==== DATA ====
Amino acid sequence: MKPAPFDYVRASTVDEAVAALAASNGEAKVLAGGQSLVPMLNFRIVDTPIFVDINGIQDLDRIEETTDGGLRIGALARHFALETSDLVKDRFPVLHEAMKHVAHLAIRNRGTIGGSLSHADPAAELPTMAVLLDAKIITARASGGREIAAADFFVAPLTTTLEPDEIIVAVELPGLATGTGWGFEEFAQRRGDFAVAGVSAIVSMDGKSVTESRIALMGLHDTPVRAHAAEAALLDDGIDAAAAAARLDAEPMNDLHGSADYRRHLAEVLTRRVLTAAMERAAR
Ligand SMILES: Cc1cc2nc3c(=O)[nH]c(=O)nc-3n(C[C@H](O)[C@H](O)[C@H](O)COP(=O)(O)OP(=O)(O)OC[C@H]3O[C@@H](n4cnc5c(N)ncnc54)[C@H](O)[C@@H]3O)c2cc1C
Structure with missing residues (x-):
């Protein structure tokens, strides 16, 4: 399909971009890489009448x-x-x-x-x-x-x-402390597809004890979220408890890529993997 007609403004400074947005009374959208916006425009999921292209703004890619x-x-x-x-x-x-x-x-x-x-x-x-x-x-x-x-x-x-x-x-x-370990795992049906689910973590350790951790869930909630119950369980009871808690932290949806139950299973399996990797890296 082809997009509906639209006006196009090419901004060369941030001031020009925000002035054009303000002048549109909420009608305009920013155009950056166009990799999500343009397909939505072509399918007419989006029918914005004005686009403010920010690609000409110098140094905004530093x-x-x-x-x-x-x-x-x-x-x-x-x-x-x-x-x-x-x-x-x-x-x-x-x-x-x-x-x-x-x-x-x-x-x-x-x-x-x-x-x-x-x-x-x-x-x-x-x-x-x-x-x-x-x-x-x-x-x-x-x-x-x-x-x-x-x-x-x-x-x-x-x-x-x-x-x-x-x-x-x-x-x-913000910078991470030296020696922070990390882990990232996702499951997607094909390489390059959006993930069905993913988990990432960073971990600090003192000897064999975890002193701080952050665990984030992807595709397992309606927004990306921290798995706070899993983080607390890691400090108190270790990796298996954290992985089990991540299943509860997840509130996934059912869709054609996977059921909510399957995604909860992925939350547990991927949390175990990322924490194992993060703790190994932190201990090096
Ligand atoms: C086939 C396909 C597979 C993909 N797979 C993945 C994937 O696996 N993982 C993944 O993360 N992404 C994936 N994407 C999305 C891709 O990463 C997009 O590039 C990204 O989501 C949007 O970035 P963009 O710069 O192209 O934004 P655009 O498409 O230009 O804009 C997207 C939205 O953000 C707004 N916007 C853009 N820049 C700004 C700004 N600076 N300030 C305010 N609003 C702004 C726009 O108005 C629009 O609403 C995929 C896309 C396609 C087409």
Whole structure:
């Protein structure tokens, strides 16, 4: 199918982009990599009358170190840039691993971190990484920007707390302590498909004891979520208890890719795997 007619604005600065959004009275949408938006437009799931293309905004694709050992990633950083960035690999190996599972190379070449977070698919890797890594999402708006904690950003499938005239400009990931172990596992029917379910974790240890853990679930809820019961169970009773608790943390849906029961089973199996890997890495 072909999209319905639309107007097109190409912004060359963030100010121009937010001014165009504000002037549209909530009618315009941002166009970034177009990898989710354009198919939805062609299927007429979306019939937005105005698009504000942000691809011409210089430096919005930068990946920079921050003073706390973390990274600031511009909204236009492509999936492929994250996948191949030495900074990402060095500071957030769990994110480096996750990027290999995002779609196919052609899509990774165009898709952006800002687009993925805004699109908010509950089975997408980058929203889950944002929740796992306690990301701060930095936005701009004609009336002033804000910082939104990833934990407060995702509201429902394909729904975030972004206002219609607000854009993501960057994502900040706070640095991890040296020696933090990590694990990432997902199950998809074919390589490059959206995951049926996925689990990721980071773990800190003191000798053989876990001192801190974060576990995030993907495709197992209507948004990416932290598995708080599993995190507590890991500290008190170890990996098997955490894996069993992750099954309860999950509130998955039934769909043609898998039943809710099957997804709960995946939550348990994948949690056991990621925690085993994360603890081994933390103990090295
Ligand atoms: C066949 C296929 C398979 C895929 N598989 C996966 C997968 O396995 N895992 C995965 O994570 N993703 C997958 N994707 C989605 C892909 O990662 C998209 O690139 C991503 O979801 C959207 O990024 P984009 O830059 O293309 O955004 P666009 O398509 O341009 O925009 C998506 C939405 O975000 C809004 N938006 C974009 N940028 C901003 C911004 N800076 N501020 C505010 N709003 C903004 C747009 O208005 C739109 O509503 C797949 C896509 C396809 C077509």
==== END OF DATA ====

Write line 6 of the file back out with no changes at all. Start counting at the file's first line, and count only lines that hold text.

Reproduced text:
Whole structure: